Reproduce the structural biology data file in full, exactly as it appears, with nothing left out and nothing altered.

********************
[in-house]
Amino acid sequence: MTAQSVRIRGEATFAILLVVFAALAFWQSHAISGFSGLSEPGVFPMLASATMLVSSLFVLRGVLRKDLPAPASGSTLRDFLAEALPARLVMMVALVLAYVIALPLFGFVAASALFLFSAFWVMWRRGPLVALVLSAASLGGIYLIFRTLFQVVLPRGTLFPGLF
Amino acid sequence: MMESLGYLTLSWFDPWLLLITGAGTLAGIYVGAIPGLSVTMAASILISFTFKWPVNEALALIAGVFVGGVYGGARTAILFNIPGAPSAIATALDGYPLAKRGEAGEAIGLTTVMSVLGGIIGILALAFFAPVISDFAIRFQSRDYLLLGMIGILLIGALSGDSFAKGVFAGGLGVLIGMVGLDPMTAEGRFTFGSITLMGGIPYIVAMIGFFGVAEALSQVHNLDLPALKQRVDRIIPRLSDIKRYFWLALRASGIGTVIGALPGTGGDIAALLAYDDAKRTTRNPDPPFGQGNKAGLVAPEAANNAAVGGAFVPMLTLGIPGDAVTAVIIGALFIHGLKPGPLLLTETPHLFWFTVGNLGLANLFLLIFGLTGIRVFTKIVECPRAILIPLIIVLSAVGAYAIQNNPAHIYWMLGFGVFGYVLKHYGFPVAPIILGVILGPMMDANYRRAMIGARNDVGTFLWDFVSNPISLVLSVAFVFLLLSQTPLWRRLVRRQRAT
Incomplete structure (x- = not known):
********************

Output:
[in-house]
Amino acid sequence: MTAQSVRIRGEATFAILLVVFAALAFWQSHAISGFSGLSEPGVFPMLASATMLVSSLFVLRGVLRKDLPAPASGSTLRDFLAEALPARLVMMVALVLAYVIALPLFGFVAASALFLFSAFWVMWRRGPLVALVLSAASLGGIYLIFRTLFQVVLPRGTLFPGLF
Amino acid sequence: MMESLGYLTLSWFDPWLLLITGAGTLAGIYVGAIPGLSVTMAASILISFTFKWPVNEALALIAGVFVGGVYGGARTAILFNIPGAPSAIATALDGYPLAKRGEAGEAIGLTTVMSVLGGIIGILALAFFAPVISDFAIRFQSRDYLLLGMIGILLIGALSGDSFAKGVFAGGLGVLIGMVGLDPMTAEGRFTFGSITLMGGIPYIVAMIGFFGVAEALSQVHNLDLPALKQRVDRIIPRLSDIKRYFWLALRASGIGTVIGALPGTGGDIAALLAYDDAKRTTRNPDPPFGQGNKAGLVAPEAANNAAVGGAFVPMLTLGIPGDAVTAVIIGALFIHGLKPGPLLLTETPHLFWFTVGNLGLANLFLLIFGLTGIRVFTKIVECPRAILIPLIIVLSAVGAYAIQNNPAHIYWMLGFGVFGYVLKHYGFPVAPIILGVILGPMMDANYRRAMIGARNDVGTFLWDFVSNPISLVLSVAFVFLLLSQTPLWRRLVRRQRAT
Incomplete structure (x- = not known):